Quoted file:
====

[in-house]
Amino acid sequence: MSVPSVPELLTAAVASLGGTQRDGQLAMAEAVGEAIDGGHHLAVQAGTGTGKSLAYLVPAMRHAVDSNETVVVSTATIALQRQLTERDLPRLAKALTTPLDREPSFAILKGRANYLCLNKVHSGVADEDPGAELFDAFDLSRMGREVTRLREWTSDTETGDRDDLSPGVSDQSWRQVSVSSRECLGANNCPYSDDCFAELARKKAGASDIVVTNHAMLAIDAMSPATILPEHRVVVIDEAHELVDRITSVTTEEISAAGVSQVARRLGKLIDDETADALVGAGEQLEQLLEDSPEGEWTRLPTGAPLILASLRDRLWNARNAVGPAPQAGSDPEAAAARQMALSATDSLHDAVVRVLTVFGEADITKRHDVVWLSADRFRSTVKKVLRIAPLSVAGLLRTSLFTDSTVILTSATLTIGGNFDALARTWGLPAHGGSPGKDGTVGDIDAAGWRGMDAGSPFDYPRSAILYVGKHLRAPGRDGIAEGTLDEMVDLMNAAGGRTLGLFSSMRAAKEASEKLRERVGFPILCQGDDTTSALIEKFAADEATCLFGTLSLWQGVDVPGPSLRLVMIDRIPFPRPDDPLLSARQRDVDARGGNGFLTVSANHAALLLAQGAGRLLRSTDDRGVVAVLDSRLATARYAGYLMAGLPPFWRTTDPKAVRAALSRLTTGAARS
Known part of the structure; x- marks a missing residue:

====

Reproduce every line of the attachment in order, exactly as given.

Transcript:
[in-house]
Amino acid sequence: MSVPSVPELLTAAVASLGGTQRDGQLAMAEAVGEAIDGGHHLAVQAGTGTGKSLAYLVPAMRHAVDSNETVVVSTATIALQRQLTERDLPRLAKALTTPLDREPSFAILKGRANYLCLNKVHSGVADEDPGAELFDAFDLSRMGREVTRLREWTSDTETGDRDDLSPGVSDQSWRQVSVSSRECLGANNCPYSDDCFAELARKKAGASDIVVTNHAMLAIDAMSPATILPEHRVVVIDEAHELVDRITSVTTEEISAAGVSQVARRLGKLIDDETADALVGAGEQLEQLLEDSPEGEWTRLPTGAPLILASLRDRLWNARNAVGPAPQAGSDPEAAAARQMALSATDSLHDAVVRVLTVFGEADITKRHDVVWLSADRFRSTVKKVLRIAPLSVAGLLRTSLFTDSTVILTSATLTIGGNFDALARTWGLPAHGGSPGKDGTVGDIDAAGWRGMDAGSPFDYPRSAILYVGKHLRAPGRDGIAEGTLDEMVDLMNAAGGRTLGLFSSMRAAKEASEKLRERVGFPILCQGDDTTSALIEKFAADEATCLFGTLSLWQGVDVPGPSLRLVMIDRIPFPRPDDPLLSARQRDVDARGGNGFLTVSANHAALLLAQGAGRLLRSTDDRGVVAVLDSRLATARYAGYLMAGLPPFWRTTDPKAVRAALSRLTTGAARS
Known part of the structure; x- marks a missing residue: